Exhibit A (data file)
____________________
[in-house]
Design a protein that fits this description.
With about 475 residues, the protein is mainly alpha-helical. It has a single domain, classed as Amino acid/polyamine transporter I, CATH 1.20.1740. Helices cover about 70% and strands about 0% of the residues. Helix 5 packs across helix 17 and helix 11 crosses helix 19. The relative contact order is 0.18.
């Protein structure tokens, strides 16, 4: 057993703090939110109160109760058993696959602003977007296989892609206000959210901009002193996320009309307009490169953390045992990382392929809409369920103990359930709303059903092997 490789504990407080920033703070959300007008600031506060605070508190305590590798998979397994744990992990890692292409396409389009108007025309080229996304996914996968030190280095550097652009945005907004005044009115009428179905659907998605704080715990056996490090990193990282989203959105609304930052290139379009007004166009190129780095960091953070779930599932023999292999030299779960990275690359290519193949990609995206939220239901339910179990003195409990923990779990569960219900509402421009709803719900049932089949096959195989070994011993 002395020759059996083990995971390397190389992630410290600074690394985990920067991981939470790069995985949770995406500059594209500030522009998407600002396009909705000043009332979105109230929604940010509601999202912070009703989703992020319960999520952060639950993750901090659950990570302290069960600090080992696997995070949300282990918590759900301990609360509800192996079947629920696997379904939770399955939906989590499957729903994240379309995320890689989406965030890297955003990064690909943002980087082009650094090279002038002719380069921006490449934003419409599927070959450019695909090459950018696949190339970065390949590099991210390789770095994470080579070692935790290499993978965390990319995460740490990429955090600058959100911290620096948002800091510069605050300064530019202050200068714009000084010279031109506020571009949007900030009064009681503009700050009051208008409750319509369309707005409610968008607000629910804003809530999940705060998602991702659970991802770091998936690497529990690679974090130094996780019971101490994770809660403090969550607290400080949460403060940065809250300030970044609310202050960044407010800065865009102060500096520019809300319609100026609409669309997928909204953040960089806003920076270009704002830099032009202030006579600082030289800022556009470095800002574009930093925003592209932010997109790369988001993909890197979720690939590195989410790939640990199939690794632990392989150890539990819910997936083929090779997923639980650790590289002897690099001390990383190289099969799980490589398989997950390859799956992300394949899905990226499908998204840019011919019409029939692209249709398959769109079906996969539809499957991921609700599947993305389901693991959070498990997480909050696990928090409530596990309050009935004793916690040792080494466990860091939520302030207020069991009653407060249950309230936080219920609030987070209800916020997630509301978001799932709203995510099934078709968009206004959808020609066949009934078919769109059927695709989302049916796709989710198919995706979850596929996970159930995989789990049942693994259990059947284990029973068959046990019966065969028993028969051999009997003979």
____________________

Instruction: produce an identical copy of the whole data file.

[in-house]
Design a protein that fits this description.
With about 475 residues, the protein is mainly alpha-helical. It has a single domain, classed as Amino acid/polyamine transporter I, CATH 1.20.1740. Helices cover about 70% and strands about 0% of the residues. Helix 5 packs across helix 17 and helix 11 crosses helix 19. The relative contact order is 0.18.
């Protein structure tokens, strides 16, 4: 057993703090939110109160109760058993696959602003977007296989892609206000959210901009002193996320009309307009490169953390045992990382392929809409369920103990359930709303059903092997 490789504990407080920033703070959300007008600031506060605070508190305590590798998979397994744990992990890692292409396409389009108007025309080229996304996914996968030190280095550097652009945005907004005044009115009428179905659907998605704080715990056996490090990193990282989203959105609304930052290139379009007004166009190129780095960091953070779930599932023999292999030299779960990275690359290519193949990609995206939220239901339910179990003195409990923990779990569960219900509402421009709803719900049932089949096959195989070994011993 002395020759059996083990995971390397190389992630410290600074690394985990920067991981939470790069995985949770995406500059594209500030522009998407600002396009909705000043009332979105109230929604940010509601999202912070009703989703992020319960999520952060639950993750901090659950990570302290069960600090080992696997995070949300282990918590759900301990609360509800192996079947629920696997379904939770399955939906989590499957729903994240379309995320890689989406965030890297955003990064690909943002980087082009650094090279002038002719380069921006490449934003419409599927070959450019695909090459950018696949190339970065390949590099991210390789770095994470080579070692935790290499993978965390990319995460740490990429955090600058959100911290620096948002800091510069605050300064530019202050200068714009000084010279031109506020571009949007900030009064009681503009700050009051208008409750319509369309707005409610968008607000629910804003809530999940705060998602991702659970991802770091998936690497529990690679974090130094996780019971101490994770809660403090969550607290400080949460403060940065809250300030970044609310202050960044407010800065865009102060500096520019809300319609100026609409669309997928909204953040960089806003920076270009704002830099032009202030006579600082030289800022556009470095800002574009930093925003592209932010997109790369988001993909890197979720690939590195989410790939640990199939690794632990392989150890539990819910997936083929090779997923639980650790590289002897690099001390990383190289099969799980490589398989997950390859799956992300394949899905990226499908998204840019011919019409029939692209249709398959769109079906996969539809499957991921609700599947993305389901693991959070498990997480909050696990928090409530596990309050009935004793916690040792080494466990860091939520302030207020069991009653407060249950309230936080219920609030987070209800916020997630509301978001799932709203995510099934078709968009206004959808020609066949009934078919769109059927695709989302049916796709989710198919995706979850596929996970159930995989789990049942693994259990059947284990029973068959046990019966065969028993028969051999009997003979």